The travel times indicate the fastest morning connection outbound from Copenhagen Central Station or Malmö Central Station, departing after 6:30AMand arriving before 9:00AM. The station catchments are calculated by bicycle travel time for any time remaining beyond train travel. For instance, a 35-minute train ride and a 10-minute cycle ride results in a 45-minute total travel time. The shades of green indicate the travel time to other train stations and their surrounding areas in four main classes: up to 15 minutes, 16 to 30 minutes, 31 to 45 minutes and 46 to 60 minutes. The areas not highlighted in green on the map are further than one hour by train from either Copenhagen or Malmö main train stations. The map clearly shows that the vast majority of areas within the Capital Region of Denmark, a number of stations and areas which are part of the region of Zealand, for instance Slagelse and Næstved, as well as areas located along four main train corridors in Skåne (Malmö-Helsingborg, Malmö-Hässleholm, Malmö-Trelleborg and Malmö-Ystad) are within the one-hour travel time by train from/to Copenhagen and/or Malmö, thanks to the different train types (Öresund trains, regional trains and intercity trains). Areas of the GCR which are beyond the one-hour travel condition are the most northern part of the Capital Region of Denmark, the southern and western parts of Zealand (e.g. Kalundborg and Vordingborg) as well as most of the eastern half part of Skåne. In terms of population, the current situation provides this possibility to almost 3 million out of 4.3 million inhabitants, corresponding to 69% of the total population living in the Greater Copenhagen Region in 2020. The proportion of the total population increases to 75% when the region of Halland is excluded (as this was not initially part of the GCR when the…
Greater Copenhagen Region
This map shows the Greater Copenhagen Region, which constists of 85 municipalities and four regional authorities: the Capital Region of Denmark and Region Zealand on the Danish side, and the regions of Skåne and Halland on the Swedish side.
Nordic cross-border co-operation committees 2018
Co-operation Committees funded by the Nordic Council of Ministers in 2018 The Nordic countries have a long history of cross-border co-operation. In parts, this co-operation has been carried out through regional cross-border committees which cooperate across the state borders. The activities of some of these committees have been going on since the 1960’s. The aim of the committees are increasing growth and development of the actual border region, building on the concept that bigger, dynamic and well-integrated regions will be able to retain and attract companies and people for further growth and development. The cross-border regions are geographically delimited by their member institutions, which consist of government organisations on either regional or municipal level in neighbouring countries. These can be municipalities, counties, local authority associations or other organisations that deal with regional development. In some cases, the same regional body might be involved in several cross-border committees. Such areas are hatched in the map.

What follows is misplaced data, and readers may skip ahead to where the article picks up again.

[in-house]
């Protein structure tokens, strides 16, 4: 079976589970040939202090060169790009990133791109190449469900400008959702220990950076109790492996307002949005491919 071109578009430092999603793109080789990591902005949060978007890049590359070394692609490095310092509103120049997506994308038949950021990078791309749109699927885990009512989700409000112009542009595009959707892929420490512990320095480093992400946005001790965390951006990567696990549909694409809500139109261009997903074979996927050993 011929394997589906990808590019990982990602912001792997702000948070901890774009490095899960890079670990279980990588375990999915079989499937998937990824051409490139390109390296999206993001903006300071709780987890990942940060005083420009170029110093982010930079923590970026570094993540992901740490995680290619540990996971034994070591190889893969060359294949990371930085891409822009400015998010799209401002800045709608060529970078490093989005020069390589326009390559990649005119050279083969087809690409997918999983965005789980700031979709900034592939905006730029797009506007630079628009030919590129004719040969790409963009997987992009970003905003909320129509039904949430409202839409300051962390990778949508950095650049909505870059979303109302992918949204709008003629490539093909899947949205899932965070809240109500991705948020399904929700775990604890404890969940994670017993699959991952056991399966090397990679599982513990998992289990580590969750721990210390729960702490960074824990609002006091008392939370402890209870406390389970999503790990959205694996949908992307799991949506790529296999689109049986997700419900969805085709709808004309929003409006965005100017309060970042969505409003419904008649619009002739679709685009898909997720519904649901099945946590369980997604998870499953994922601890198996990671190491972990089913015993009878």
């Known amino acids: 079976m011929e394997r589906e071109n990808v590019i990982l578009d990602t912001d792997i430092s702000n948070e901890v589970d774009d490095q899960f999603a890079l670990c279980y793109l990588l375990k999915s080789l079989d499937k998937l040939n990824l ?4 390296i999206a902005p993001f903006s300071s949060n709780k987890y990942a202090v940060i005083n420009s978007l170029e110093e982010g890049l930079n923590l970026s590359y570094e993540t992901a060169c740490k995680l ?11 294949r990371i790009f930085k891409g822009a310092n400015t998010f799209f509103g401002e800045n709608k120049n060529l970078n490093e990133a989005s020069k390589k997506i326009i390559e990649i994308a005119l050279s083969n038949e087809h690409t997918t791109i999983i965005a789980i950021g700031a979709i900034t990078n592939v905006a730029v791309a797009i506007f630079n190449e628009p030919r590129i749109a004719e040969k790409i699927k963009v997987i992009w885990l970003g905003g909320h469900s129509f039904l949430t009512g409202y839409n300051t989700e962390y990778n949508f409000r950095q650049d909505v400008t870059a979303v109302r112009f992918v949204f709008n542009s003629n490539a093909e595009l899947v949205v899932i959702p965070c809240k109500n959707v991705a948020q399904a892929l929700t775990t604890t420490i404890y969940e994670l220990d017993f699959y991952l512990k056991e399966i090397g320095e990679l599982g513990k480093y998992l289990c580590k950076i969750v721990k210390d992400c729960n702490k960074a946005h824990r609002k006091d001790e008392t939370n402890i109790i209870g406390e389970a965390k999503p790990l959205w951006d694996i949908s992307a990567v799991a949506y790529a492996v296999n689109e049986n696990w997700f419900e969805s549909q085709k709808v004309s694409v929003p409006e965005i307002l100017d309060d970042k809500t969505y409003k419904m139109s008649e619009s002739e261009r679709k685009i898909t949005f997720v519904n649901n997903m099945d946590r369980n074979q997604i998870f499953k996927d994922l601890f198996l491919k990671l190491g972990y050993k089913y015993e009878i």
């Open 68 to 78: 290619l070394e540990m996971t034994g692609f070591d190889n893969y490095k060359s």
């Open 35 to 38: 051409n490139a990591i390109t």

Finnish medical record service (Omakanta) users, as a share of total population, in 2018
The map shows the share of total population that use the online medical record service Omakanta in Finland. These figures are of particular interest in the context of the urban-rural digital divide. The darkest green shade on the map indicates the highest share of users, while the darkest purple shade indicates the lowest share of users. As can be seen in the map and the chart, there are urban-rural differences in the platform usage, since population in urban areas seems to have a higher usage. Another observation from the map is that many municipalities with a high share of population with Swedish as a mother tongue have the lowest Omakanta user ratio. All Nordic countries have established national e-health portals through which citizens can access evidence-based health care information, receive advice in case of illness or health worries, and carry out certain actions related to health care. Even though the e-services available on these platforms vary between different Nordic countries, all platforms provide access to electronic health records.
Major immigration flows to Finland 2010-2016
Average annual flows above 1000 people by country of origin Migration flows by country of origin are of growing interest in the Nordic Region due to the recent unprecedented inflows of migrants. There are also interesting differences between the Nordic countries with respect to the dominant countries of origin of migrants and the size of inflows. Finland had only four inflows exceeding annual averages of 1000 people during the measured period. The inflow from Estonia was by far the largest, an annual average of around 5000 people, flowed by inflows from Sweden and Russia (just under 3000), and the United Kingdom (around 1000).
- 2017 June
- Nordic Region
Transnational Cross-border Programmes in Northern Europe for the period 2014-2020 (Interreg V B). The map shows the geography of the cooperation regions and areas in the implementation of the programmes, i.e. North Sea Region, Baltic Sea Region, and Northern Periphery and Arctic Region.
- 2016 January
- Nordic Region
- Territorial cooperation
NordMap, the Nordic web-mapping tool for monitoring socio-economics trends
Create, share and print customised maps
Nordic cross-border co-operation committees
Co-operation Committees funded by the Nordic Council of Ministers in 2015 The Nordic countries have a long history of cross-border co-operation. In parts, this co-operation has been carried out through regional cross-border committees which cooperate across the state borders. The activities of some of these committees have been going on since the 1960’s. The aim of the committees are increasing growth and development of the actual border region, building on the concept that bigger, dynamic and well-integrated regions will be able to retain and attract companies and people for further growth and development.
- 2015 February
- Nordic Region
- Territorial cooperation